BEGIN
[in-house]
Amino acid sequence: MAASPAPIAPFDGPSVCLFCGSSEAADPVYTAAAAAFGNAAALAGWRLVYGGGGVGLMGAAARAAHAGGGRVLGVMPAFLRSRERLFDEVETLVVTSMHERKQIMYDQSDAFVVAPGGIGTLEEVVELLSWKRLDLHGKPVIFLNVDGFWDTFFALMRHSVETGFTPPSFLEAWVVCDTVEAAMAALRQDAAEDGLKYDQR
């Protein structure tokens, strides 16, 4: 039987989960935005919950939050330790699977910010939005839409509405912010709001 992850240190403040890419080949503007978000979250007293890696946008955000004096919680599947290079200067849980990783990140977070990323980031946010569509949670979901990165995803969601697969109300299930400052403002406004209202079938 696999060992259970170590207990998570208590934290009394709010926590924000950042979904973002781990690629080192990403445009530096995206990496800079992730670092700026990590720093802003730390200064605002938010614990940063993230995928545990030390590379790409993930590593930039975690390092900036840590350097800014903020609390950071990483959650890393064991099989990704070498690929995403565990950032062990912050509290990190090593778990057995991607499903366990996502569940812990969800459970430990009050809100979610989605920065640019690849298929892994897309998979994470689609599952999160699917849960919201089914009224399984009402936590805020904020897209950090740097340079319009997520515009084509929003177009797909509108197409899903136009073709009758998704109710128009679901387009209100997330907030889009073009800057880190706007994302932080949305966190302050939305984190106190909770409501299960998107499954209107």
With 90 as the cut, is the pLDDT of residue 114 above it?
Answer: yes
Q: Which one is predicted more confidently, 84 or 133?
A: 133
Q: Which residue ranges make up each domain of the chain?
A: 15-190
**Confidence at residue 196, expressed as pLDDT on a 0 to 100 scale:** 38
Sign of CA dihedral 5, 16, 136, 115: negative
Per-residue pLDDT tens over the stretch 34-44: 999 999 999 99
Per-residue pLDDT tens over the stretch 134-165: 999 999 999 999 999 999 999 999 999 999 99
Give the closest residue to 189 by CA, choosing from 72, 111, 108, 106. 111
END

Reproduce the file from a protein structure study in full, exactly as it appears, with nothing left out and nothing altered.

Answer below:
[in-house]
Amino acid sequence: MAASPAPIAPFDGPSVCLFCGSSEAADPVYTAAAAAFGNAAALAGWRLVYGGGGVGLMGAAARAAHAGGGRVLGVMPAFLRSRERLFDEVETLVVTSMHERKQIMYDQSDAFVVAPGGIGTLEEVVELLSWKRLDLHGKPVIFLNVDGFWDTFFALMRHSVETGFTPPSFLEAWVVCDTVEAAMAALRQDAAEDGLKYDQR
């Protein structure tokens, strides 16, 4: 039987989960935005919950939050330790699977910010939005839409509405912010709001 992850240190403040890419080949503007978000979250007293890696946008955000004096919680599947290079200067849980990783990140977070990323980031946010569509949670979901990165995803969601697969109300299930400052403002406004209202079938 696999060992259970170590207990998570208590934290009394709010926590924000950042979904973002781990690629080192990403445009530096995206990496800079992730670092700026990590720093802003730390200064605002938010614990940063993230995928545990030390590379790409993930590593930039975690390092900036840590350097800014903020609390950071990483959650890393064991099989990704070498690929995403565990950032062990912050509290990190090593778990057995991607499903366990996502569940812990969800459970430990009050809100979610989605920065640019690849298929892994897309998979994470689609599952999160699917849960919201089914009224399984009402936590805020904020897209950090740097340079319009997520515009084509929003177009797909509108197409899903136009073709009758998704109710128009679901387009209100997330907030889009073009800057880190706007994302932080949305966190302050939305984190106190909770409501299960998107499954209107």
With 90 as the cut, is the pLDDT of residue 114 above it?
Answer: yes
Q: Which one is predicted more confidently, 84 or 133?
A: 133
Q: Which residue ranges make up each domain of the chain?
A: 15-190
**Confidence at residue 196, expressed as pLDDT on a 0 to 100 scale:** 38
Sign of CA dihedral 5, 16, 136, 115: negative
Per-residue pLDDT tens over the stretch 34-44: 999 999 999 99
Per-residue pLDDT tens over the stretch 134-165: 999 999 999 999 999 999 999 999 999 999 99
Give the closest residue to 189 by CA, choosing from 72, 111, 108, 106. 111